On our final day in Loreto, Sooney visited the Loreto Tourist Office on the plaza and spoke to a young man who relished the opportunity to practice his English. As a kid, he’d lived in San José, California and picked up an American accent. Sooney inquired about community parks, a botanical garden, or places with trails to experience native plants and wildlife, like the Greater Roadrunner. He thought a spell and came up with a phone number he could share for a tour on horseback to a ranch to see a fat pig and goats. Hmm? We suspect further tourist development will inevitably descend upon Loreto, and it’s likely to resemble Nopoló with thoughtful, creative and native landscaping. Realistically, the urban sprawl of tiny, affordable parcels fingering farther and farther into the desert isn’t going to follow that model, and it’s unlikely to expect a miraculous reversal of a trash mentality any time soon. The local economy is based on fishing and those residents not associated with the tourist industry circumvent spiraling costs of living through domestic gardening and plying the sea. So what do you do with a leaky boat or a broken motor? Park it on your rancho with all the other debris and figure out how to get another.

This post is titled Birding Baja for a reason: we spent 17 days exploring Baja California Sur looking for birds and, with the exception of having Martín guide us to see the Elf Owl, we did it entirely on our own. Unlike recent trips to Panamá and Costa Rica where our accommodations, meals, and daily outings were structured by professional tour organizers, this trip was plotted out on a day-to-day basis, the three of us doing research and sharing our findings over wonderful buffet breakfasts included with the lodging. John was comfortable doing the driving, enjoyed the excitement, and embraced our concept of a more nature-oriented travel paradigm. 

Sooney captured this sunrise on our final morning of birding the estuary of the Rio Loreto. (A short walk right outside our door.)

Particularly significant about our visit to Loreto was the 60-year-old beach hotel where we stayed: The Oasis. Each morning we’d grab a cup of coffee (or not) and share the sunrise with a remarkable variety of shorebirds right outside our beachfront accommodations. Adjacent to the Oasis (appropriately named) is the estuary of the Rio Loreto.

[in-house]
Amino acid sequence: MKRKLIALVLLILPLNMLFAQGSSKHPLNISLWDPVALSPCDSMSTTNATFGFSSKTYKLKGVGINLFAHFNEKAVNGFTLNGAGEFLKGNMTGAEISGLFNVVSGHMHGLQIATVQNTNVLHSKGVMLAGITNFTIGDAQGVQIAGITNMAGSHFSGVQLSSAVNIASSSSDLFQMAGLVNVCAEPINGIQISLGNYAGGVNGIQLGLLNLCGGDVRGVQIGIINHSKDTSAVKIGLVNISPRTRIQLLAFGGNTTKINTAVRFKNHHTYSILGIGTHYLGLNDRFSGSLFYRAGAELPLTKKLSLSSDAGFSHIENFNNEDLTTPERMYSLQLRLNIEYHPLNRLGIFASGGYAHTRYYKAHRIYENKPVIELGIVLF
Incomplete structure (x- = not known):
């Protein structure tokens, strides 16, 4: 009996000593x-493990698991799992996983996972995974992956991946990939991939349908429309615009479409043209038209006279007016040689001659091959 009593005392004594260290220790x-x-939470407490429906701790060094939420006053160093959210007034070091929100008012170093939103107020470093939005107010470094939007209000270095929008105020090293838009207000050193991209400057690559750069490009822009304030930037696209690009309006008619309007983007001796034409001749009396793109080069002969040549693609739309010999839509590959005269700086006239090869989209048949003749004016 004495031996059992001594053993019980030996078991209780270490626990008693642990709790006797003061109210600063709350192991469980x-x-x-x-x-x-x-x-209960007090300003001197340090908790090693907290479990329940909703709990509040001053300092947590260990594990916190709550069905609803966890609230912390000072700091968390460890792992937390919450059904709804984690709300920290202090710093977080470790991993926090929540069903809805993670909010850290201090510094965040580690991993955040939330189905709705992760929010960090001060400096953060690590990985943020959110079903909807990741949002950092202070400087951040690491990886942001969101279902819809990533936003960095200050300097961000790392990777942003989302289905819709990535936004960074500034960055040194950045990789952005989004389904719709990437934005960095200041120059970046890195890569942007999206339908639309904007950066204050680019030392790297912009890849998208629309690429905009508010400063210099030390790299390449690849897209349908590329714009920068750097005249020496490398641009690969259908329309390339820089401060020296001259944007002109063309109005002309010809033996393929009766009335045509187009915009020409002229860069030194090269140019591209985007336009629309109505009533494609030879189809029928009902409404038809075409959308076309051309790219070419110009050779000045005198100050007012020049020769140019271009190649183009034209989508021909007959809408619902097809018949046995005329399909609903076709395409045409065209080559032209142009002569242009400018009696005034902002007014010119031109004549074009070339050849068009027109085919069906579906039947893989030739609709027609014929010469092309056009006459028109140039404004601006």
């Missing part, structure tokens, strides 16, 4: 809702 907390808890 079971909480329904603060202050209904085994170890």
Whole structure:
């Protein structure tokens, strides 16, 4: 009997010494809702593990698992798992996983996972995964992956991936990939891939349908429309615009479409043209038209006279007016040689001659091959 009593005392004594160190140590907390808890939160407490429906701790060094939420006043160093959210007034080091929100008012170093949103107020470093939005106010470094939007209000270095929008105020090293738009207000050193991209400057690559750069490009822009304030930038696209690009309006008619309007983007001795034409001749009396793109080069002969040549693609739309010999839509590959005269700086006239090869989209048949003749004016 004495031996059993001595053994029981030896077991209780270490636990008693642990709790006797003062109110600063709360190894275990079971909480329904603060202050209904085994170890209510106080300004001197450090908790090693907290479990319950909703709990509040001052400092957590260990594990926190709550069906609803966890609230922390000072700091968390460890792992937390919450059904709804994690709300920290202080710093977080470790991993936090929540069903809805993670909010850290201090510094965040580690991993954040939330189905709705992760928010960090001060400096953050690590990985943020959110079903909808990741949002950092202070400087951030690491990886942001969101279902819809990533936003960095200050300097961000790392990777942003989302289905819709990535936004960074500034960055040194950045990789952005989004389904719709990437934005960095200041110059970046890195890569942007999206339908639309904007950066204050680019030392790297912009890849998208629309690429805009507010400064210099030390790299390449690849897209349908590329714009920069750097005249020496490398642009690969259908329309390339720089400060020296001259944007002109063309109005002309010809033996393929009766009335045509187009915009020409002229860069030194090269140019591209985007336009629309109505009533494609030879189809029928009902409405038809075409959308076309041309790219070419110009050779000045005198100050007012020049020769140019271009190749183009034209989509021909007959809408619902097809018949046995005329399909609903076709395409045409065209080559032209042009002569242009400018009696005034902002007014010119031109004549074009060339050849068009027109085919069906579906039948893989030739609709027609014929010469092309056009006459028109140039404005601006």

Royal Tern riding afternoon offshore winds.

We regularly consulted our tide table and, combined with forceful winds that arose each afternoon, we had different viewing situations to choose from. In the late afternoon, with strong South Winds at our back, diving birds (Royal Terns, Brown Pelicans, and Blue-footed Boobies) used them to hover more or less in one spot while searching the shallows for sardines and other tasty morsels. Early mornings were much calmer, and shore & wading birds scuttled about, working the exposed sand from the receding tides. In all, we saw 19 different species at that one estuary: plovers (Wilson’s, Snowy, Semipalmated, Black-bellied), sandpipers (Spotted, Least, Western, Sanderlings), herons (Great Blue, Reddish, Tricolored, Baby Blue, Yellow-crowned Night-heron) and the egrets (Snowy & Great). Then there were Greater Yellowlegs, Whimbrels, Willets, and on our last day, a Short-billed Dowitcher.

We’re thrilled with our success to see (and photograph) nearly all of the endemic birds of Baja California. Our life list continues to grow, and over the past couple weeks we’ve added the Belding’s Yellowthroat, Xantus’s Hummingbird, Wilson’s Plover, Yellow-footed Gull, and the Gray Thrasher to the list. In addition, I’ve captured 4 new (to me) species in my lens: American Oystercatcher, Least Grebe, Royal Tern, and the Blue-footed Booby. All in all, Sooney has listed 108 species in several eBird checklists during this holiday to Baja.

Here are maps illustrating our driving routes during our visit:

A gallery of photos supporting this Travel Journal may be viewed at As usual, wildlife-specific images are housed at Finally, here’s a LINK to the first episode from this series, Birding Baja. Enjoy.